Crater Lake might make fire a tool: comments sought on plan to help park with flames
May 5, 1999
By PAUL FATTIG
CRATER LAKE — After some 60 years of battling wildfires, the National Park Service is slowly turning its fiery nemesis into an ally.
Crater Lake National Park officials, citing the success of experimental prescribed burning in the 183,224-acre park in recent years, plan to use fire to help bring the delicate ecosystem into balance.
The public is encouraged to comment on a supplemental environmental assessment to a draft revised fire management plan that calls for using both intentionally ignited and natural fires. The comment period, which began April 26, ends June 4.
Fires would be fought if they threatened human life, cultural resources or sensitive habitats for endangered species, officials stress.
“We don’t ignore these fires,” said Chief Park Ranger George Buckingham. “It’s quite labor-intensive. They will be managed. We watch them very closely.”
Fire suppression began at the park in the 1930s, he explained, and eventually changed the density and nature of the vegetation growing in the high-elevation park.
Approved in 1977, the first fire plan for the park introduced limited experimental prescribed burning. The revised plan approved in 1987 increased the use of fire to help bring balance to the natural environment.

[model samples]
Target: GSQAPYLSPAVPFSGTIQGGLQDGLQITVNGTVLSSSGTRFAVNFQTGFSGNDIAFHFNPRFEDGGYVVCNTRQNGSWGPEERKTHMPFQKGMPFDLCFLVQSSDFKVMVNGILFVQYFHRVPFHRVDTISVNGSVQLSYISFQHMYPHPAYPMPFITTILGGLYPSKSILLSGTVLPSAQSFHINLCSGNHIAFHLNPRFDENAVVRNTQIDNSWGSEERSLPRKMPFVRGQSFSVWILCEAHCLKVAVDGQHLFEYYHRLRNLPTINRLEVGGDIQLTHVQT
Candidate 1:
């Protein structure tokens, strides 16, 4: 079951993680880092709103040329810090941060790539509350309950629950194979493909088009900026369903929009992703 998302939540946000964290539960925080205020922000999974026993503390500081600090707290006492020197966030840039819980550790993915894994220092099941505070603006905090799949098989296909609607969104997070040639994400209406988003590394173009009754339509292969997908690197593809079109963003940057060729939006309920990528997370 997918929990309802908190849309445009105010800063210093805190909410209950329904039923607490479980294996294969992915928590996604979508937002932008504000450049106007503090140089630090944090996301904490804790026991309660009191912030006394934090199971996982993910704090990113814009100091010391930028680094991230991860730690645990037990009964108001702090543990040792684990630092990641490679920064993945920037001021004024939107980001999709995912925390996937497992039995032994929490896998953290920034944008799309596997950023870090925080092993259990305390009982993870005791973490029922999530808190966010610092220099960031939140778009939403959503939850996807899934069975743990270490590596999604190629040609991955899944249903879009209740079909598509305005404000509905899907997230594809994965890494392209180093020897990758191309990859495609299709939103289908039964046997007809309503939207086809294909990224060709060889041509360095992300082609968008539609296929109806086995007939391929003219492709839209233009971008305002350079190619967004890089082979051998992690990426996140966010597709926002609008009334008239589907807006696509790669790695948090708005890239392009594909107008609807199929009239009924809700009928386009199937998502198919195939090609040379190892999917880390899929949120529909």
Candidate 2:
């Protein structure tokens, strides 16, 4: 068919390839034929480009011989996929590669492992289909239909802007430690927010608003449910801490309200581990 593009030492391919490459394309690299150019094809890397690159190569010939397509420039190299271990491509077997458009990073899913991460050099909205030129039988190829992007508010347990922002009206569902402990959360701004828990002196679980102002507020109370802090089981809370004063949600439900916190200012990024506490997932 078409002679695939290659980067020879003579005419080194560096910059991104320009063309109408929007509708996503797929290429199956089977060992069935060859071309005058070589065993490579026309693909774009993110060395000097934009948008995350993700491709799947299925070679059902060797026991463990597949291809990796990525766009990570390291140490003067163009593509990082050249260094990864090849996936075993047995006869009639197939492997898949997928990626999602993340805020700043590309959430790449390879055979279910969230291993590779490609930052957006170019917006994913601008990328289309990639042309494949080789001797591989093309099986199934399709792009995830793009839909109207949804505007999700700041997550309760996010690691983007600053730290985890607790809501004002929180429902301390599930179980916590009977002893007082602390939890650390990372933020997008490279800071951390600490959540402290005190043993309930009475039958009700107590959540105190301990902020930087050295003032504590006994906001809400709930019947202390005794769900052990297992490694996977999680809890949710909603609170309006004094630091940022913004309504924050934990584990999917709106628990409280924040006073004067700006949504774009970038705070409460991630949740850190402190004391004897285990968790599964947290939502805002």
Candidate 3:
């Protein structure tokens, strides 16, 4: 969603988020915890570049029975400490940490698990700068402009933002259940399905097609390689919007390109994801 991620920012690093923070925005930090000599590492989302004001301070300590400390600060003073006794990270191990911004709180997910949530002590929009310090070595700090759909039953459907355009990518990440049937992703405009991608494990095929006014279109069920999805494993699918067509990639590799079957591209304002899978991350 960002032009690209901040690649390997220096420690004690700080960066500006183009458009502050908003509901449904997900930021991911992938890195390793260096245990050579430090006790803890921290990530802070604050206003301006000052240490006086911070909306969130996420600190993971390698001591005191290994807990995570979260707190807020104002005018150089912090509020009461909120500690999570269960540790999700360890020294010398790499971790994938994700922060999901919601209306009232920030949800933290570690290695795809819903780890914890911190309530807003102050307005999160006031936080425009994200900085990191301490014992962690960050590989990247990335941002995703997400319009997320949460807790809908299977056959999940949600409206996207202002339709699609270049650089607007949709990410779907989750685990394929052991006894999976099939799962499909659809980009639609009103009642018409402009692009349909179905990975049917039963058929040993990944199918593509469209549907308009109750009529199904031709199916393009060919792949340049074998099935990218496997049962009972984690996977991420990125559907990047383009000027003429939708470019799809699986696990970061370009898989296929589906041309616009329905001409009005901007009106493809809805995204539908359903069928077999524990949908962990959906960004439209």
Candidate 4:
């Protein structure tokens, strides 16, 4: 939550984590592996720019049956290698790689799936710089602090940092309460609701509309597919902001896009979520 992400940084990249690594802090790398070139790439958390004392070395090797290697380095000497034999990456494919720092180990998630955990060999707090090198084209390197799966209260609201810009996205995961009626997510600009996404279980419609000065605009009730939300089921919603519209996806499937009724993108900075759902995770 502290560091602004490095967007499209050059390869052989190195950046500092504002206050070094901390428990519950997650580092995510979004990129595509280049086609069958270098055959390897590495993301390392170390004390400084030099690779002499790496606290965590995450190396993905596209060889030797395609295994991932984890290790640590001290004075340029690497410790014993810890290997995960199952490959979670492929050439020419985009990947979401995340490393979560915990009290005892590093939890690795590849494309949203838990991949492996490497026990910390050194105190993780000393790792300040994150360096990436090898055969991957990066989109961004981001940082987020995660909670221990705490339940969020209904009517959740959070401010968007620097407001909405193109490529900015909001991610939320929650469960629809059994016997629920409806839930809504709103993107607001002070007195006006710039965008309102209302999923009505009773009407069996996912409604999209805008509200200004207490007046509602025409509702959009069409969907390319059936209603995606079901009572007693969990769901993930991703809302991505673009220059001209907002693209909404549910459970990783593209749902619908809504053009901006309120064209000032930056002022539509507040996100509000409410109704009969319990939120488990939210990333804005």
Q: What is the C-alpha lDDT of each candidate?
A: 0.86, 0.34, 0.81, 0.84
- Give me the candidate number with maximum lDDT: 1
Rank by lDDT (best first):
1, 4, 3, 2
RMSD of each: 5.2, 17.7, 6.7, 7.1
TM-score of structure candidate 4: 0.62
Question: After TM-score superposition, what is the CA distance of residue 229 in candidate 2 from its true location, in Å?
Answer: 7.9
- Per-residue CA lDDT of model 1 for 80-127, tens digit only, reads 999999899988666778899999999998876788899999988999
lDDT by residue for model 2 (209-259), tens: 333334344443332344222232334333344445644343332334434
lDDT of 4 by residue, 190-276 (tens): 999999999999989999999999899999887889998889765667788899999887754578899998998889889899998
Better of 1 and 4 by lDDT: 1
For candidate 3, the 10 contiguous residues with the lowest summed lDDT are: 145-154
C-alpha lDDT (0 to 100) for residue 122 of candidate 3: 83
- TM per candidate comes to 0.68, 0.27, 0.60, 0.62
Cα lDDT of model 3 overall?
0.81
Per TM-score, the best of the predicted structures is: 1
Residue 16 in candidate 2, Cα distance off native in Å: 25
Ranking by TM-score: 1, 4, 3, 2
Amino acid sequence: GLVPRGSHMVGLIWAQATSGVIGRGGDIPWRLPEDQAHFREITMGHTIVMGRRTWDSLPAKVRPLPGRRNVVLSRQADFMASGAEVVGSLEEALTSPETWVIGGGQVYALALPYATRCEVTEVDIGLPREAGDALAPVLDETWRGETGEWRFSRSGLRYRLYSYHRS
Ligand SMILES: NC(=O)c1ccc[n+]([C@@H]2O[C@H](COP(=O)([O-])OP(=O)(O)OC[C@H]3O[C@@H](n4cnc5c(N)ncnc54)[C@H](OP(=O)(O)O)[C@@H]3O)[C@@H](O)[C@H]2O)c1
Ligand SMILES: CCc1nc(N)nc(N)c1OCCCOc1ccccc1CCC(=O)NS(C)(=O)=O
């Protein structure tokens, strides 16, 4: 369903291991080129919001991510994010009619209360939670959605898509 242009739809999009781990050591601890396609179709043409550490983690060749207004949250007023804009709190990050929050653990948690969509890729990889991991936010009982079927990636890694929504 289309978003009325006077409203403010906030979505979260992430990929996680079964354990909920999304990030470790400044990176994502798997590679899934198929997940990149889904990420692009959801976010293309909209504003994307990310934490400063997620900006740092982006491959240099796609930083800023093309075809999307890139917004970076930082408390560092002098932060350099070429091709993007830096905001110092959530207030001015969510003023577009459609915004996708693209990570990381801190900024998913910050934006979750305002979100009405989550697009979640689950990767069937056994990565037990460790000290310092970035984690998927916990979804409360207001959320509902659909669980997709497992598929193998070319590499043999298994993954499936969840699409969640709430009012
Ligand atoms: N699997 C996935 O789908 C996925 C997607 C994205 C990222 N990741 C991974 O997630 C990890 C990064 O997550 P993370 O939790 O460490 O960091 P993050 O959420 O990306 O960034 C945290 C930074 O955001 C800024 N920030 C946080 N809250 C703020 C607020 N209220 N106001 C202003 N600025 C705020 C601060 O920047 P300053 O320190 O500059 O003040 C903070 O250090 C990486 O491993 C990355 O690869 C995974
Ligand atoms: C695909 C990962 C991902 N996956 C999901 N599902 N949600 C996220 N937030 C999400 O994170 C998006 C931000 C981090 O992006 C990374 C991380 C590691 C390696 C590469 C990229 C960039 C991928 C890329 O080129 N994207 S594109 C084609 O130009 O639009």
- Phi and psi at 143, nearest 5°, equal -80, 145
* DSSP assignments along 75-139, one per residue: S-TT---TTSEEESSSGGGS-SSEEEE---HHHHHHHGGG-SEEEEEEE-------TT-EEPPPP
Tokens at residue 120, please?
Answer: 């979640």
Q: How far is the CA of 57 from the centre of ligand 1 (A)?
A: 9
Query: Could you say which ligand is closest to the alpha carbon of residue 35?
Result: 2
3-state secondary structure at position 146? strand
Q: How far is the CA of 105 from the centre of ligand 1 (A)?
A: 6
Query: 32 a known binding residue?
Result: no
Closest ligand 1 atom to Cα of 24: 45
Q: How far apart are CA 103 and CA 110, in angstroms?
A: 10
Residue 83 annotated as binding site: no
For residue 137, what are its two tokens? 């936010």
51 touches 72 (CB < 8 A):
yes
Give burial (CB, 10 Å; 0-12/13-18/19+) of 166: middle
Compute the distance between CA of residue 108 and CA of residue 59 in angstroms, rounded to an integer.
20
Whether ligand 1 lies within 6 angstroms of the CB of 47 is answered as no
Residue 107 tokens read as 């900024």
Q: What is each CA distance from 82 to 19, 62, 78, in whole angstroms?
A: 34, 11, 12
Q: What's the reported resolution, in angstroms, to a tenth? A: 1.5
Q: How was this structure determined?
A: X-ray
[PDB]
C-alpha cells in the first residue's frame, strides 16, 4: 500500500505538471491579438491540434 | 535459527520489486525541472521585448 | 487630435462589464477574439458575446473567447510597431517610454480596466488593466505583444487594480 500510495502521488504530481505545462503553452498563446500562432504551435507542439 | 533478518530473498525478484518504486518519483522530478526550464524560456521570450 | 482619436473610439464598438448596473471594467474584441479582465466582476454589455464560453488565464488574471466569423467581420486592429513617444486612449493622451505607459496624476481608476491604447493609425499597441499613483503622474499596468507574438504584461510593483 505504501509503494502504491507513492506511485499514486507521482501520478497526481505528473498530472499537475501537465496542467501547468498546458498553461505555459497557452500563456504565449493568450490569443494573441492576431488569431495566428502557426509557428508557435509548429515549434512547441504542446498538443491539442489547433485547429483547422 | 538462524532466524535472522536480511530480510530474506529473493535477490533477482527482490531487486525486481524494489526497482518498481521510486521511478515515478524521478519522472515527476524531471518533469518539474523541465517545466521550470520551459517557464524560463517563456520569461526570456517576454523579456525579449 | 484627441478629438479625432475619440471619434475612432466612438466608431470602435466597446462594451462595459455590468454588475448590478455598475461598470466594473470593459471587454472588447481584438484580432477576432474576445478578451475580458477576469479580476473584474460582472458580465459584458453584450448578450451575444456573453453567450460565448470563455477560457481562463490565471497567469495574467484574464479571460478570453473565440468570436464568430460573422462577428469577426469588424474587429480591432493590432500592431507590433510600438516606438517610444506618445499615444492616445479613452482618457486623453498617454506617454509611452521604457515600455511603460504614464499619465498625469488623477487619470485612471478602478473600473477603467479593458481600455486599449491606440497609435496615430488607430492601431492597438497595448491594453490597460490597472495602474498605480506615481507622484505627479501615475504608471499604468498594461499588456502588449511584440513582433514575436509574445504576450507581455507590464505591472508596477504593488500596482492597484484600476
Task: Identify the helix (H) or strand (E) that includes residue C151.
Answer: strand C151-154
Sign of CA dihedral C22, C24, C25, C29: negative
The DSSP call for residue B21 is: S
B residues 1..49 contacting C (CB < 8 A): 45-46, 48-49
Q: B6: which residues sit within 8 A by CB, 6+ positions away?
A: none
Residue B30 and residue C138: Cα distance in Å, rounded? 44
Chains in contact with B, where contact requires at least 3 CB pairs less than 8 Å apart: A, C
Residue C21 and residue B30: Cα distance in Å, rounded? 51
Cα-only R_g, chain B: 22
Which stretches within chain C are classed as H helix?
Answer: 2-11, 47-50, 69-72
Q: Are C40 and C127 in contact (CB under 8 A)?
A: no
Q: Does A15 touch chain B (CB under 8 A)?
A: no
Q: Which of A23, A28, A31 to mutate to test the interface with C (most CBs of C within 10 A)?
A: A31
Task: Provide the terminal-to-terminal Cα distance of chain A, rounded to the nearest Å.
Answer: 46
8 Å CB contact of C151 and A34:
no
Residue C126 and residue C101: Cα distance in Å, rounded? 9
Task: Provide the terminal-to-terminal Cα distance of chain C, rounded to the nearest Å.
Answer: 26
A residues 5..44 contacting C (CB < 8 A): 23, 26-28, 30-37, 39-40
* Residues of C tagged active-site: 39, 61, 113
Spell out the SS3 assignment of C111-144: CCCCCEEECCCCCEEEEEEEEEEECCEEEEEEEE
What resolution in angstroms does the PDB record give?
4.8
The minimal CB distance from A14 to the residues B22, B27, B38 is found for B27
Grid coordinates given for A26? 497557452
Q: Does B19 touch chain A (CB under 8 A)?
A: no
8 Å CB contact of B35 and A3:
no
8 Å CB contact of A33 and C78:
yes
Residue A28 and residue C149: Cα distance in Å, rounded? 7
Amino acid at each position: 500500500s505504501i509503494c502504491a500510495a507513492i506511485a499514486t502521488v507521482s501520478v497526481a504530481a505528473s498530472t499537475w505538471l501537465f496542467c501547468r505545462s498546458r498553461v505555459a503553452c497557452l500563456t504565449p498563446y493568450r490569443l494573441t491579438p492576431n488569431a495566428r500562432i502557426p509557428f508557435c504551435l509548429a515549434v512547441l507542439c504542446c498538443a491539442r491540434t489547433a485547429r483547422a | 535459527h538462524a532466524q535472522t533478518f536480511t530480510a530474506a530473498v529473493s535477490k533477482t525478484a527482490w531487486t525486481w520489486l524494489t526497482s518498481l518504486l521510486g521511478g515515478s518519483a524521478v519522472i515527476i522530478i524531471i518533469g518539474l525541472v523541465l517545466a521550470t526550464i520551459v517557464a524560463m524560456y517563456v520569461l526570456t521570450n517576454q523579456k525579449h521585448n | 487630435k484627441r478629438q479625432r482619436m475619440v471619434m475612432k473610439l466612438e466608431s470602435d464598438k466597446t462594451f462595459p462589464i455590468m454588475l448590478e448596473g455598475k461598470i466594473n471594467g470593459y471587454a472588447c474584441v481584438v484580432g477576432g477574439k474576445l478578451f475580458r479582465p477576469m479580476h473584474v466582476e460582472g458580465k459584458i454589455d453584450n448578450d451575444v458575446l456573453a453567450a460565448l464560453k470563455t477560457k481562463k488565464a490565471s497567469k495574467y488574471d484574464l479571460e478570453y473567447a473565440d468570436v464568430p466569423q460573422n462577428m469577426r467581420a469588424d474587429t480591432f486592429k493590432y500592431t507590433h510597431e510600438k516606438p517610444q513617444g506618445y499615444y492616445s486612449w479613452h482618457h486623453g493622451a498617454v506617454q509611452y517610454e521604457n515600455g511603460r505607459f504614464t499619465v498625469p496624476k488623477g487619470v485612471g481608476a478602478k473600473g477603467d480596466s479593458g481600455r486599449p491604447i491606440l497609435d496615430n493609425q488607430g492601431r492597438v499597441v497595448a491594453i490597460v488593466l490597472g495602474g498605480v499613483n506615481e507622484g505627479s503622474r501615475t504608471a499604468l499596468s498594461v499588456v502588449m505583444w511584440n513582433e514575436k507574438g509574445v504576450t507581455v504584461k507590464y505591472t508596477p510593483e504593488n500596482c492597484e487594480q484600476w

A supplemental assessment was needed because of issues that came into play after 1987, including the fires in Yellowstone National Park in 1988, changes in park service policies, the designation of four research natural areas in the park and several additions to the federal list of threatened, endangered or sensitive species, he said.
Although the 1987 plan did not allow for those contemporary issues, there was no question in the minds of those studying the impact of fire that prescribed burning was necessary, he said.
“We realized that we had (spotted) owls, had resource natural areas,” he said. “We needed to look at all those things. But we agreed that the original plan to reintroduce fire is valid.”
The supplemental environmental assessment fine-tunes the 1987 plan, he said.
“It allows us to look at different resources, to make sure fire activities don’t screw up other resources,” he said.
The problem is that in some areas in the park, fire suppression has resulted in 60 years of accumulated fuel, he said.
“You can’t let fire come back in some areas because of that,” he said, citing the potential for an explosive fire.
If the supplemental environmental assessment plan is approved, steps would be taken to reduce the fuel buildup, he said.
“The direction we’ve started in using prescribed burning is the same,” he said. “We’re just adding in the protection for threatened and endangered species and resource natural areas … we’ve learned a lot.”
Fire suppression would also occur to protect human life and property, both in the park and adjacent to it, he reiterated.
Additional information is available at the Crater Lake Web site:
Comment letters should be sent to: Superintendent, Crater Lake National Park, P.O. Box 7, Crater Lake, OR 97604.